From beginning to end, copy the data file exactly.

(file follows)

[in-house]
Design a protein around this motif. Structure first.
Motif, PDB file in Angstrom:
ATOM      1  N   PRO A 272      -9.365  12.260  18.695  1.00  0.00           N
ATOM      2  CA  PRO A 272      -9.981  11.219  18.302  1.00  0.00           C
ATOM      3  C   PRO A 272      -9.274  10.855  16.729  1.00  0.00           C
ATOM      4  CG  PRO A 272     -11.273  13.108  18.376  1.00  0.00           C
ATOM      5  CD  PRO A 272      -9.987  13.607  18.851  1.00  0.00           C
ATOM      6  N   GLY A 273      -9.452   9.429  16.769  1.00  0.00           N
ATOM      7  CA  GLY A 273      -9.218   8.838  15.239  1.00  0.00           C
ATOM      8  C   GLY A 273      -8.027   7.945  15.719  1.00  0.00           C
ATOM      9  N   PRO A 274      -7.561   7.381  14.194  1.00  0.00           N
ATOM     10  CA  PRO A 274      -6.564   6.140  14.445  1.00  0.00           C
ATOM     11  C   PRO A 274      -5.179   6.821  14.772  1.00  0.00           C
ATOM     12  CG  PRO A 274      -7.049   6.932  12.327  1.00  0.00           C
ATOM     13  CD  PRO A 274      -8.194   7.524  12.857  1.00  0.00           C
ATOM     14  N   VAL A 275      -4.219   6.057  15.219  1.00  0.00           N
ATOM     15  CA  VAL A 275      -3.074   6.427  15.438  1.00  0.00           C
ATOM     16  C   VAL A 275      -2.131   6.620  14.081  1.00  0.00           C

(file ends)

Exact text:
[in-house]
Design a protein around this motif. Structure first.
Motif, PDB file in Angstrom:
ATOM      1  N   PRO A 272      -9.365  12.260  18.695  1.00  0.00           N
ATOM      2  CA  PRO A 272      -9.981  11.219  18.302  1.00  0.00           C
ATOM      3  C   PRO A 272      -9.274  10.855  16.729  1.00  0.00           C
ATOM      4  CG  PRO A 272     -11.273  13.108  18.376  1.00  0.00           C
ATOM      5  CD  PRO A 272      -9.987  13.607  18.851  1.00  0.00           C
ATOM      6  N   GLY A 273      -9.452   9.429  16.769  1.00  0.00           N
ATOM      7  CA  GLY A 273      -9.218   8.838  15.239  1.00  0.00           C
ATOM      8  C   GLY A 273      -8.027   7.945  15.719  1.00  0.00           C
ATOM      9  N   PRO A 274      -7.561   7.381  14.194  1.00  0.00           N
ATOM     10  CA  PRO A 274      -6.564   6.140  14.445  1.00  0.00           C
ATOM     11  C   PRO A 274      -5.179   6.821  14.772  1.00  0.00           C
ATOM     12  CG  PRO A 274      -7.049   6.932  12.327  1.00  0.00           C
ATOM     13  CD  PRO A 274      -8.194   7.524  12.857  1.00  0.00           C
ATOM     14  N   VAL A 275      -4.219   6.057  15.219  1.00  0.00           N
ATOM     15  CA  VAL A 275      -3.074   6.427  15.438  1.00  0.00           C
ATOM     16  C   VAL A 275      -2.131   6.620  14.081  1.00  0.00           C